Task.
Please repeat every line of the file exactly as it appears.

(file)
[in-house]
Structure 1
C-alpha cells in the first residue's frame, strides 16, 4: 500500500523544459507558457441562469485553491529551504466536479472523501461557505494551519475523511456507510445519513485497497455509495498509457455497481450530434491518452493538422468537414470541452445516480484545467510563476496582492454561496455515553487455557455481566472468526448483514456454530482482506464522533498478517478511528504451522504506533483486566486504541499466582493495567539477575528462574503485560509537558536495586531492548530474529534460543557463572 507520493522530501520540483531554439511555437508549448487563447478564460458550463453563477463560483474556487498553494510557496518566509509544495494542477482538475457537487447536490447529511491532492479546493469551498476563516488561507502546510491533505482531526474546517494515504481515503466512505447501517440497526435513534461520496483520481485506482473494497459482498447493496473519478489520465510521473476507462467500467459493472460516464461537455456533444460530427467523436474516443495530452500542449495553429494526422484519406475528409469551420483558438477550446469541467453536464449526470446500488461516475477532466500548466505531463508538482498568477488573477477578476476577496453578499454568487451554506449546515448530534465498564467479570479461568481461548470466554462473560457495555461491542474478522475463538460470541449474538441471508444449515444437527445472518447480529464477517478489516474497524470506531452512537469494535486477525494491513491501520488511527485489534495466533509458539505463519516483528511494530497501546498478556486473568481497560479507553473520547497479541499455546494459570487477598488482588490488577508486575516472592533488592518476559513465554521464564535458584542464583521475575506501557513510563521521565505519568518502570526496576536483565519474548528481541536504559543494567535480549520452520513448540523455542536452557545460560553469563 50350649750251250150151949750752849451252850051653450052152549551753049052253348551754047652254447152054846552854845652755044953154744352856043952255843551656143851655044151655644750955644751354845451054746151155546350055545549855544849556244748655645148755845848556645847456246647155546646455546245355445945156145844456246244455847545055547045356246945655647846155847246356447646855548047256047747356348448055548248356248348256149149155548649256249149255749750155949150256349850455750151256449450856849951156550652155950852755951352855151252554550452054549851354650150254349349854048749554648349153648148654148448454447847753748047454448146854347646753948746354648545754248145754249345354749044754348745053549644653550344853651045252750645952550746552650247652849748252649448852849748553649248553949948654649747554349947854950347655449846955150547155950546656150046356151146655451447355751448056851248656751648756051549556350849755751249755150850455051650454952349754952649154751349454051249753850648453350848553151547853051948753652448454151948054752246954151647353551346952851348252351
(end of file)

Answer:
[in-house]
Structure 1
C-alpha cells in the first residue's frame, strides 16, 4: 500500500523544459507558457441562469485553491529551504466536479472523501461557505494551519475523511456507510445519513485497497455509495498509457455497481450530434491518452493538422468537414470541452445516480484545467510563476496582492454561496455515553487455557455481566472468526448483514456454530482482506464522533498478517478511528504451522504506533483486566486504541499466582493495567539477575528462574503485560509537558536495586531492548530474529534460543557463572 507520493522530501520540483531554439511555437508549448487563447478564460458550463453563477463560483474556487498553494510557496518566509509544495494542477482538475457537487447536490447529511491532492479546493469551498476563516488561507502546510491533505482531526474546517494515504481515503466512505447501517440497526435513534461520496483520481485506482473494497459482498447493496473519478489520465510521473476507462467500467459493472460516464461537455456533444460530427467523436474516443495530452500542449495553429494526422484519406475528409469551420483558438477550446469541467453536464449526470446500488461516475477532466500548466505531463508538482498568477488573477477578476476577496453578499454568487451554506449546515448530534465498564467479570479461568481461548470466554462473560457495555461491542474478522475463538460470541449474538441471508444449515444437527445472518447480529464477517478489516474497524470506531452512537469494535486477525494491513491501520488511527485489534495466533509458539505463519516483528511494530497501546498478556486473568481497560479507553473520547497479541499455546494459570487477598488482588490488577508486575516472592533488592518476559513465554521464564535458584542464583521475575506501557513510563521521565505519568518502570526496576536483565519474548528481541536504559543494567535480549520452520513448540523455542536452557545460560553469563 50350649750251250150151949750752849451252850051653450052152549551753049052253348551754047652254447152054846552854845652755044953154744352856043952255843551656143851655044151655644750955644751354845451054746151155546350055545549855544849556244748655645148755845848556645847456246647155546646455546245355445945156145844456246244455847545055547045356246945655647846155847246356447646855548047256047747356348448055548248356248348256149149155548649256249149255749750155949150256349850455750151256449450856849951156550652155950852755951352855151252554550452054549851354650150254349349854048749554648349153648148654148448454447847753748047454448146854347646753948746354648545754248145754249345354749044754348745053549644653550344853651045252750645952550746552650247652849748252649448852849748553649248553949948654649747554349947854950347655449846955150547155950546656150046356151146655451447355751448056851248656751648756051549556350849755751249755150850455051650454952349754952649154751349454051249753850648453350848553151547853051948753652448454151948054752246954151647353551346952851348252351